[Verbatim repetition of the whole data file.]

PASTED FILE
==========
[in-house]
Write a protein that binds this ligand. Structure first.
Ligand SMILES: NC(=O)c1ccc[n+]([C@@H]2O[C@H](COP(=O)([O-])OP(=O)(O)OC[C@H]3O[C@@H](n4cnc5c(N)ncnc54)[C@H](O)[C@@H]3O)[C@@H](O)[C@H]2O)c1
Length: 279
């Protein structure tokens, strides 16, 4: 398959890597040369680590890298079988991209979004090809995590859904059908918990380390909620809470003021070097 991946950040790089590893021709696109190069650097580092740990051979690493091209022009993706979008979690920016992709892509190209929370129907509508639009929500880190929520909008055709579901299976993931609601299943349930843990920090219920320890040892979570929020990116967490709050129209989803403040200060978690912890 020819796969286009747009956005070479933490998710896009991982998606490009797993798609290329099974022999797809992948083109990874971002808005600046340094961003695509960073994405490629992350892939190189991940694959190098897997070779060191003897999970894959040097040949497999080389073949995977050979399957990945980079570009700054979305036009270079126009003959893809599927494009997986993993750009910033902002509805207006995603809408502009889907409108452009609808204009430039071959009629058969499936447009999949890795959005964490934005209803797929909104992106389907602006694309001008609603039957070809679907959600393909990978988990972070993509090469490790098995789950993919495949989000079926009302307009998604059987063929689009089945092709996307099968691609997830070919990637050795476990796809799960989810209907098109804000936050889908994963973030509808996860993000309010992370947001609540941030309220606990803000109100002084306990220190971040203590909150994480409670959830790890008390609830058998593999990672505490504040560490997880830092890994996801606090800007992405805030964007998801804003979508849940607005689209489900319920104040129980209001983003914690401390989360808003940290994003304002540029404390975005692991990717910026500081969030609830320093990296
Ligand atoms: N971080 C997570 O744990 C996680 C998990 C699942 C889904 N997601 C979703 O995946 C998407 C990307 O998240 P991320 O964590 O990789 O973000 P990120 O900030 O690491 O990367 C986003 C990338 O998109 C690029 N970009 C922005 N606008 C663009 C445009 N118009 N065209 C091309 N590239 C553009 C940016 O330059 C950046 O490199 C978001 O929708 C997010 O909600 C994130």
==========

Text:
[in-house]
Write a protein that binds this ligand. Structure first.
Ligand SMILES: NC(=O)c1ccc[n+]([C@@H]2O[C@H](COP(=O)([O-])OP(=O)(O)OC[C@H]3O[C@@H](n4cnc5c(N)ncnc54)[C@H](O)[C@@H]3O)[C@@H](O)[C@H]2O)c1
Length: 279
């Protein structure tokens, strides 16, 4: 398959890597040369680590890298079988991209979004090809995590859904059908918990380390909620809470003021070097 991946950040790089590893021709696109190069650097580092740990051979690493091209022009993706979008979690920016992709892509190209929370129907509508639009929500880190929520909008055709579901299976993931609601299943349930843990920090219920320890040892979570929020990116967490709050129209989803403040200060978690912890 020819796969286009747009956005070479933490998710896009991982998606490009797993798609290329099974022999797809992948083109990874971002808005600046340094961003695509960073994405490629992350892939190189991940694959190098897997070779060191003897999970894959040097040949497999080389073949995977050979399957990945980079570009700054979305036009270079126009003959893809599927494009997986993993750009910033902002509805207006995603809408502009889907409108452009609808204009430039071959009629058969499936447009999949890795959005964490934005209803797929909104992106389907602006694309001008609603039957070809679907959600393909990978988990972070993509090469490790098995789950993919495949989000079926009302307009998604059987063929689009089945092709996307099968691609997830070919990637050795476990796809799960989810209907098109804000936050889908994963973030509808996860993000309010992370947001609540941030309220606990803000109100002084306990220190971040203590909150994480409670959830790890008390609830058998593999990672505490504040560490997880830092890994996801606090800007992405805030964007998801804003979508849940607005689209489900319920104040129980209001983003914690401390989360808003940290994003304002540029404390975005692991990717910026500081969030609830320093990296
Ligand atoms: N971080 C997570 O744990 C996680 C998990 C699942 C889904 N997601 C979703 O995946 C998407 C990307 O998240 P991320 O964590 O990789 O973000 P990120 O900030 O690491 O990367 C986003 C990338 O998109 C690029 N970009 C922005 N606008 C663009 C445009 N118009 N065209 C091309 N590239 C553009 C940016 O330059 C950046 O490199 C978001 O929708 C997010 O909600 C994130």